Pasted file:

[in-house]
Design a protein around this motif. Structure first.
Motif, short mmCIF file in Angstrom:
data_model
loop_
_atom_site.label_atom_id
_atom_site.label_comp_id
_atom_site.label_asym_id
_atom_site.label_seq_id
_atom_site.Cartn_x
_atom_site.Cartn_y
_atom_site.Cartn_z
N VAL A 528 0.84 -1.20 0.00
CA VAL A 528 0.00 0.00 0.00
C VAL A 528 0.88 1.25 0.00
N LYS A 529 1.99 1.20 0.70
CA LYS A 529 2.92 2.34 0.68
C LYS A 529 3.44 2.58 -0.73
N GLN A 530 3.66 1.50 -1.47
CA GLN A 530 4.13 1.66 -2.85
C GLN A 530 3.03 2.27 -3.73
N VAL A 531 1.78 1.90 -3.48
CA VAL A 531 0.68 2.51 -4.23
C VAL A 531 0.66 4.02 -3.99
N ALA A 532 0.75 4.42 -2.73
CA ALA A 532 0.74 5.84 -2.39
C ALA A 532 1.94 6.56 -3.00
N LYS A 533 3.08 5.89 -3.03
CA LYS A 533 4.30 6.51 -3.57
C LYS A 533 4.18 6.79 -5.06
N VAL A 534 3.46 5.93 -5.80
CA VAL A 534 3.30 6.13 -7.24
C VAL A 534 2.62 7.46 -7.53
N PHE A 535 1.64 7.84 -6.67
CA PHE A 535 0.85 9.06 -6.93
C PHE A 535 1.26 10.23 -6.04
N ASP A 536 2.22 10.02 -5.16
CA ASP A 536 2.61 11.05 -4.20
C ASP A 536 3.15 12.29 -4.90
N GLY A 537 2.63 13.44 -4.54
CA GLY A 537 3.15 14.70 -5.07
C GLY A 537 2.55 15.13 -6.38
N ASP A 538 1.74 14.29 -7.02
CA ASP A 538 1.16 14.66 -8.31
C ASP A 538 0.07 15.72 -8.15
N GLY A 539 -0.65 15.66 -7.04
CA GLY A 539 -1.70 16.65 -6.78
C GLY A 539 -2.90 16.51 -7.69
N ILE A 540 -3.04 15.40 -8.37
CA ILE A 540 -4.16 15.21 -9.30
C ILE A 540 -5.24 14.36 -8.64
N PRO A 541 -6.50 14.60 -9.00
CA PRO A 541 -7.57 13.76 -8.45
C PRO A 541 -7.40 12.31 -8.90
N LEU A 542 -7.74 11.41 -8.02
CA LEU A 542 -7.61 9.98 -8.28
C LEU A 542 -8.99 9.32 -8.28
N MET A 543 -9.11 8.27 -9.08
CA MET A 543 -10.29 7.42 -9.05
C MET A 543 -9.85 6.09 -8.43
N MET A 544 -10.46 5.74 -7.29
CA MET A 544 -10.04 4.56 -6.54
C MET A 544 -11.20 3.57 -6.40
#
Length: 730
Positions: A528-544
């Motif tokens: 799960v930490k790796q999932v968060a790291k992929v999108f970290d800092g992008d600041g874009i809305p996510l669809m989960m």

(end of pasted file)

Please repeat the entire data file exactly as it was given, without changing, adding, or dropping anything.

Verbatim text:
[in-house]
Design a protein around this motif. Structure first.
Motif, short mmCIF file in Angstrom:
data_model
loop_
_atom_site.label_atom_id
_atom_site.label_comp_id
_atom_site.label_asym_id
_atom_site.label_seq_id
_atom_site.Cartn_x
_atom_site.Cartn_y
_atom_site.Cartn_z
N VAL A 528 0.84 -1.20 0.00
CA VAL A 528 0.00 0.00 0.00
C VAL A 528 0.88 1.25 0.00
N LYS A 529 1.99 1.20 0.70
CA LYS A 529 2.92 2.34 0.68
C LYS A 529 3.44 2.58 -0.73
N GLN A 530 3.66 1.50 -1.47
CA GLN A 530 4.13 1.66 -2.85
C GLN A 530 3.03 2.27 -3.73
N VAL A 531 1.78 1.90 -3.48
CA VAL A 531 0.68 2.51 -4.23
C VAL A 531 0.66 4.02 -3.99
N ALA A 532 0.75 4.42 -2.73
CA ALA A 532 0.74 5.84 -2.39
C ALA A 532 1.94 6.56 -3.00
N LYS A 533 3.08 5.89 -3.03
CA LYS A 533 4.30 6.51 -3.57
C LYS A 533 4.18 6.79 -5.06
N VAL A 534 3.46 5.93 -5.80
CA VAL A 534 3.30 6.13 -7.24
C VAL A 534 2.62 7.46 -7.53
N PHE A 535 1.64 7.84 -6.67
CA PHE A 535 0.85 9.06 -6.93
C PHE A 535 1.26 10.23 -6.04
N ASP A 536 2.22 10.02 -5.16
CA ASP A 536 2.61 11.05 -4.20
C ASP A 536 3.15 12.29 -4.90
N GLY A 537 2.63 13.44 -4.54
CA GLY A 537 3.15 14.70 -5.07
C GLY A 537 2.55 15.13 -6.38
N ASP A 538 1.74 14.29 -7.02
CA ASP A 538 1.16 14.66 -8.31
C ASP A 538 0.07 15.72 -8.15
N GLY A 539 -0.65 15.66 -7.04
CA GLY A 539 -1.70 16.65 -6.78
C GLY A 539 -2.90 16.51 -7.69
N ILE A 540 -3.04 15.40 -8.37
CA ILE A 540 -4.16 15.21 -9.30
C ILE A 540 -5.24 14.36 -8.64
N PRO A 541 -6.50 14.60 -9.00
CA PRO A 541 -7.57 13.76 -8.45
C PRO A 541 -7.40 12.31 -8.90
N LEU A 542 -7.74 11.41 -8.02
CA LEU A 542 -7.61 9.98 -8.28
C LEU A 542 -8.99 9.32 -8.28
N MET A 543 -9.11 8.27 -9.08
CA MET A 543 -10.29 7.42 -9.05
C MET A 543 -9.85 6.09 -8.43
N MET A 544 -10.46 5.74 -7.29
CA MET A 544 -10.04 4.56 -6.54
C MET A 544 -11.20 3.57 -6.40
#
Length: 730
Positions: A528-544
């Motif tokens: 799960v930490k790796q999932v968060a790291k992929v999108f970290d800092g992008d600041g874009i809305p996510l669809m989960m």